In a recent statement, the Union Minister for micro, small, and medium enterprises, acknowledged that the sector is “battling for survival”. In this note, Khanna and Rathore report key findings from their survey of more than 360 enterprises, conducted in May 2020, which focusses on assessing the impact of the Covid crisis on the sector. The preliminary findings are suggestive of high levels of distress in the sector, with micro-enterprises faring the worst.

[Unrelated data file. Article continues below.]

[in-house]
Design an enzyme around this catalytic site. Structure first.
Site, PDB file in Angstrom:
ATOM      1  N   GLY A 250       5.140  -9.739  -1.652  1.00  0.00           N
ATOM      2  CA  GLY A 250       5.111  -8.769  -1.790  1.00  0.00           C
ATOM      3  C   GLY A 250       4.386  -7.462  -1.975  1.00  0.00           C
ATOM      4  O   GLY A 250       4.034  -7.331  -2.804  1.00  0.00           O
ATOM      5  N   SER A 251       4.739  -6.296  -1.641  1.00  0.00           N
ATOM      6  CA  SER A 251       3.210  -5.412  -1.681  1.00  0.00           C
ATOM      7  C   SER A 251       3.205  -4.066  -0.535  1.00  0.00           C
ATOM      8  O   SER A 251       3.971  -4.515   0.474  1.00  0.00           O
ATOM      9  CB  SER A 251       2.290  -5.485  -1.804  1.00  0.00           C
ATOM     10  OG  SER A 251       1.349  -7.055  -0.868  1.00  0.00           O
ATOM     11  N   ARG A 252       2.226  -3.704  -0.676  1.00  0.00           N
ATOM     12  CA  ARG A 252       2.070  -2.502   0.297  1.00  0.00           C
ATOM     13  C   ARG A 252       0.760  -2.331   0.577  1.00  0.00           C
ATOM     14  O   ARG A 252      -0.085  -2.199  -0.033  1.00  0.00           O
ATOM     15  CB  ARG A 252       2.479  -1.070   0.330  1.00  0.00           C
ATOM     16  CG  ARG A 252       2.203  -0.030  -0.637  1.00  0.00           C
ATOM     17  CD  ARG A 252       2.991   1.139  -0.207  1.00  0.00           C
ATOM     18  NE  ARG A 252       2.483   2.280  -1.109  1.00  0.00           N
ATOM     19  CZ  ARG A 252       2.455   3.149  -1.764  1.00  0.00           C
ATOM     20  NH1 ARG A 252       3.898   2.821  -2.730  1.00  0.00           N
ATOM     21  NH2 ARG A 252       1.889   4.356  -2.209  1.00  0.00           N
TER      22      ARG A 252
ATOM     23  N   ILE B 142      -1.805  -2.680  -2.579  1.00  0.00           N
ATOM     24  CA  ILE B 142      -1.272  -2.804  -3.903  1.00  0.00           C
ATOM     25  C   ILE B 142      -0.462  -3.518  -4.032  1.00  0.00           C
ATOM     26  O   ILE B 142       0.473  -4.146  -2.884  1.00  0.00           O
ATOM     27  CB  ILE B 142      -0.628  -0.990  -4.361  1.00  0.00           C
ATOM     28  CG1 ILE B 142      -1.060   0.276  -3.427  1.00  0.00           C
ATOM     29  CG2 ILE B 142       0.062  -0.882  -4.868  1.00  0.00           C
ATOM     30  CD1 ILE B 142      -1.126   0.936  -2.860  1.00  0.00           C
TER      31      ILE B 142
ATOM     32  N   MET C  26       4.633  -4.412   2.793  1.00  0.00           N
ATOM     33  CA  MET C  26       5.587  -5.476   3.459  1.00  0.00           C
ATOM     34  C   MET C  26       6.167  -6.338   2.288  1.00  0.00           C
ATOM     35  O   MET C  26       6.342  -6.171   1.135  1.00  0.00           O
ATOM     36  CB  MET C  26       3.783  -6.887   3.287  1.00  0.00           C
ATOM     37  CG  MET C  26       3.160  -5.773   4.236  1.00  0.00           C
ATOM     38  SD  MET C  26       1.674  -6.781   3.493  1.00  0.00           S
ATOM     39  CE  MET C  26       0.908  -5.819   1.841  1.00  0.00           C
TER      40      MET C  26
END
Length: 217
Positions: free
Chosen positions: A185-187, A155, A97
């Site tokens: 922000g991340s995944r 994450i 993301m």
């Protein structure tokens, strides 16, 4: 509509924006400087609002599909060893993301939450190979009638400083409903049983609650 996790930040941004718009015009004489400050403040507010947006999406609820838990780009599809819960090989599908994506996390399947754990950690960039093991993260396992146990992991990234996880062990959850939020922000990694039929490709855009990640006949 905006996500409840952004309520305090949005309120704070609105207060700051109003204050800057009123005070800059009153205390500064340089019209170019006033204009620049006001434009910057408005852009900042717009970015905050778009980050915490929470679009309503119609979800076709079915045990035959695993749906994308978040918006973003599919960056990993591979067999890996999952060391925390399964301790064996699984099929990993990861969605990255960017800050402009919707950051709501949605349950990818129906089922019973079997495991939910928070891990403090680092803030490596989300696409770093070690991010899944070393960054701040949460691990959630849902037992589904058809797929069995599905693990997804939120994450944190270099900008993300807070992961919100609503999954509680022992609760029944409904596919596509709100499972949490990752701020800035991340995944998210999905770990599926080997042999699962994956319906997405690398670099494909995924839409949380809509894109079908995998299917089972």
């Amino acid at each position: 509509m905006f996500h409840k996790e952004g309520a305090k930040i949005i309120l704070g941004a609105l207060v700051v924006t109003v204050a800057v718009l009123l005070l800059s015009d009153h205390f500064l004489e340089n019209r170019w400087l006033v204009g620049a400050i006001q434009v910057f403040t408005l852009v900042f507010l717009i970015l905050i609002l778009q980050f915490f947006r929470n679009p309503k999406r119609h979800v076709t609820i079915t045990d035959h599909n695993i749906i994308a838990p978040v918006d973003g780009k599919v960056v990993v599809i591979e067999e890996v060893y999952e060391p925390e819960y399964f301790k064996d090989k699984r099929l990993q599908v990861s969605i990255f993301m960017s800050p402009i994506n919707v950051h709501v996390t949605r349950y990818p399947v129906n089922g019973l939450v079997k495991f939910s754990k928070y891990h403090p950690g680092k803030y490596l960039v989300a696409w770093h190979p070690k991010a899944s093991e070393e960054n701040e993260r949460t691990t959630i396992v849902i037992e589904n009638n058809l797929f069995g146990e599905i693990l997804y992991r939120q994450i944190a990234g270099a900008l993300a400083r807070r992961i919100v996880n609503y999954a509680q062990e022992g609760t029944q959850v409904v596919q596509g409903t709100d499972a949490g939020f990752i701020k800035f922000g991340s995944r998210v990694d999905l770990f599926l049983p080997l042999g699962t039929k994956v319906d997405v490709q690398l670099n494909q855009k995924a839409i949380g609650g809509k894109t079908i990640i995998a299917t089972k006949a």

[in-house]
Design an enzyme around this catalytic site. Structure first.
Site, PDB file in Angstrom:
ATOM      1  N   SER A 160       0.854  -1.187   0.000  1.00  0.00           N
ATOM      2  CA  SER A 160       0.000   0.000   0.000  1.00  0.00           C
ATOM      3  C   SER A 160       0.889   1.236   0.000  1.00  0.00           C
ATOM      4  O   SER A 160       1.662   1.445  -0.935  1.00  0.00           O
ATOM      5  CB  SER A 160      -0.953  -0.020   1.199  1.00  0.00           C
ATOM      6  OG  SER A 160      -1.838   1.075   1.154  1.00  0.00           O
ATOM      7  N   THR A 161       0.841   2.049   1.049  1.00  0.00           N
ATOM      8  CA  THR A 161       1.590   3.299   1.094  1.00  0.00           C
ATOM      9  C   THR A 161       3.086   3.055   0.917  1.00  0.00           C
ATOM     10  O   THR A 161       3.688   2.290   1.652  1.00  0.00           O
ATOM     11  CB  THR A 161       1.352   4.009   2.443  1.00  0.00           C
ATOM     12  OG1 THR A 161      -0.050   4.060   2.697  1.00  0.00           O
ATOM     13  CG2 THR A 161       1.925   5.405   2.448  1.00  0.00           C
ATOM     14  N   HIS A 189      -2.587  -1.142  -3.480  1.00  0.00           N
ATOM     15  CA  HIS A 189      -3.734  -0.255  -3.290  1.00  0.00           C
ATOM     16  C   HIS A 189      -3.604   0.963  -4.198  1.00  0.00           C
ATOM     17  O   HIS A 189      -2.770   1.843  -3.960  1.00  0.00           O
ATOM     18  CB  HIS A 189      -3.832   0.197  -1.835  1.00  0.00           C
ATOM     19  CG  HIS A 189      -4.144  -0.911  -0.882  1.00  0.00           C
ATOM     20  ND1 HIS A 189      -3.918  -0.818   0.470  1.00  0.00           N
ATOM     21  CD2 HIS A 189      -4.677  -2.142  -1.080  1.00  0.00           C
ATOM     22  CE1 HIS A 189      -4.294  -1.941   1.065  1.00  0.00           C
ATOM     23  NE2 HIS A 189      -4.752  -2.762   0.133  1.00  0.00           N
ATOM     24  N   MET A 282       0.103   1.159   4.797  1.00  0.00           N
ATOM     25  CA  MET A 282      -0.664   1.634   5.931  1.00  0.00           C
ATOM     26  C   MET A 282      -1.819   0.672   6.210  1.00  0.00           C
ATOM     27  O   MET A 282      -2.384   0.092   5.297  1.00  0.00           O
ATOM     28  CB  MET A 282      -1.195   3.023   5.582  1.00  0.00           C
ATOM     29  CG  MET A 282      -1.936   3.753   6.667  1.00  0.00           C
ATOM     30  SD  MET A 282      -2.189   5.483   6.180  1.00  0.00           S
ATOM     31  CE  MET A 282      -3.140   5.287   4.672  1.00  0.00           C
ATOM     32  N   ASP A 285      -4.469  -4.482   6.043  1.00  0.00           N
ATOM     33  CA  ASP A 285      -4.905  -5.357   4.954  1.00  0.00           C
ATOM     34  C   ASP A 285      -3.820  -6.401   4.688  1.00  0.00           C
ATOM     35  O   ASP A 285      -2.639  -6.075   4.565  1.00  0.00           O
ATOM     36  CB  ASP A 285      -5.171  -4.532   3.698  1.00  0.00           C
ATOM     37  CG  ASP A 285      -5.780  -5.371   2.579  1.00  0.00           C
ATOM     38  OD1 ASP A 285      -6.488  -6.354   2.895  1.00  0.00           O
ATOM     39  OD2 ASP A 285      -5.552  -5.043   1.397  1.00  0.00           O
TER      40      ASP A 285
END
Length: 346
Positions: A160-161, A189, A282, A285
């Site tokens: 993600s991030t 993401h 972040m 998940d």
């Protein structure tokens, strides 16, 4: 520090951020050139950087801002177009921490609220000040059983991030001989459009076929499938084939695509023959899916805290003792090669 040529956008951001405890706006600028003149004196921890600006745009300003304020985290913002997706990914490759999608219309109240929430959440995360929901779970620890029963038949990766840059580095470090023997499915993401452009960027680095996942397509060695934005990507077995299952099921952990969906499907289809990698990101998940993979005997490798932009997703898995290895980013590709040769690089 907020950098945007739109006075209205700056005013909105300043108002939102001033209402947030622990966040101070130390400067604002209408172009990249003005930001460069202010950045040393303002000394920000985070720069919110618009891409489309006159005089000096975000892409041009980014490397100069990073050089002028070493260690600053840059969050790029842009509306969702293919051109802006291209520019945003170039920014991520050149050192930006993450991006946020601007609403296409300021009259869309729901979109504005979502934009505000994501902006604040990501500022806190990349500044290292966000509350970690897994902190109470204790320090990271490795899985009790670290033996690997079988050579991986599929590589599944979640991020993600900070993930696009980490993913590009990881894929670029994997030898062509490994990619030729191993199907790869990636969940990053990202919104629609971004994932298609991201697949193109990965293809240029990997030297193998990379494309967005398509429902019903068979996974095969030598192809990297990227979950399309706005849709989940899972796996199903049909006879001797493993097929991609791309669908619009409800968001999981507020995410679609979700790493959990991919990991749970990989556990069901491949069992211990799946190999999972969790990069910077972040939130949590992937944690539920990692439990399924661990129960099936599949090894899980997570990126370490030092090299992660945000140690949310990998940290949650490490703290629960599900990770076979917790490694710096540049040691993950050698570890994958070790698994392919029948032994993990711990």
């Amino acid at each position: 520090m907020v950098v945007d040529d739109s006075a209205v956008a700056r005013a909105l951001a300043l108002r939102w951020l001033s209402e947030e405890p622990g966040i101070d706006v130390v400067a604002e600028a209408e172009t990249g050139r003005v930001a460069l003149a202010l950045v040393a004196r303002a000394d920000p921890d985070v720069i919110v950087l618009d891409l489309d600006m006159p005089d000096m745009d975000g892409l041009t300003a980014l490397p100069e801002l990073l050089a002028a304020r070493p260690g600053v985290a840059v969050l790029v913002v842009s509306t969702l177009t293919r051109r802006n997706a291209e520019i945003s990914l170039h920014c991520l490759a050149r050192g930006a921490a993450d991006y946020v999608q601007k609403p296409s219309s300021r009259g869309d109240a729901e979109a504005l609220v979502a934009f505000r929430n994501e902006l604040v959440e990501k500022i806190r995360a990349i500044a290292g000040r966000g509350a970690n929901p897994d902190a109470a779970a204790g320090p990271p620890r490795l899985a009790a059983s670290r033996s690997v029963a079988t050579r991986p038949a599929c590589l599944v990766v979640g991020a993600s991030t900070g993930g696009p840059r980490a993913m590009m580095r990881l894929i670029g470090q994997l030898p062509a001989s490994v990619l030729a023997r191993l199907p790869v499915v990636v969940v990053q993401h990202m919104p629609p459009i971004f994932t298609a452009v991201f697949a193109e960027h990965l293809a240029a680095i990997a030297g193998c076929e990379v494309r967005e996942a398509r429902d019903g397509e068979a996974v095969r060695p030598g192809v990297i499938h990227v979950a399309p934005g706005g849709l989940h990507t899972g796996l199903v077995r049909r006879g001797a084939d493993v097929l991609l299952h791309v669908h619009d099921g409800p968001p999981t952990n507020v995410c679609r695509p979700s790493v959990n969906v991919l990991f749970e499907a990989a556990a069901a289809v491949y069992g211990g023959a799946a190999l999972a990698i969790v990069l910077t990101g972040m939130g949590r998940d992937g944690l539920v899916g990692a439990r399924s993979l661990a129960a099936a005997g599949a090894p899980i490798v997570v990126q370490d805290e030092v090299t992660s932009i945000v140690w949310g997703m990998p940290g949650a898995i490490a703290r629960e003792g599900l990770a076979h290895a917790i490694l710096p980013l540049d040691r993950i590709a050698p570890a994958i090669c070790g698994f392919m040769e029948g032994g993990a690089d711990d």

The micro, small, and medium enterprises (MSMEs) in India have played a pivotal role in the country’s economic progress. As of 2019, the sector accounted for about a third of India’s GDP (gross domestic product) (Government of India (GOI), 2018), and almost half of its manufacturing output and exports (GOI, 2019). Moreover, the sector is a critical source of livelihood and provides nearly 110 million jobs (GOI, 2018). Acknowledging the importance of the sector, the MSMEs minister, Mr. Nitin Gadkari, in an event last year, envisioned that the sector would account for half of India’s GDP and add 50 million fresh jobs over the next five years. Barely a few months after this meet however, the sector finds itself reeling from the nationwide lockdown with economic activity coming to a standstill.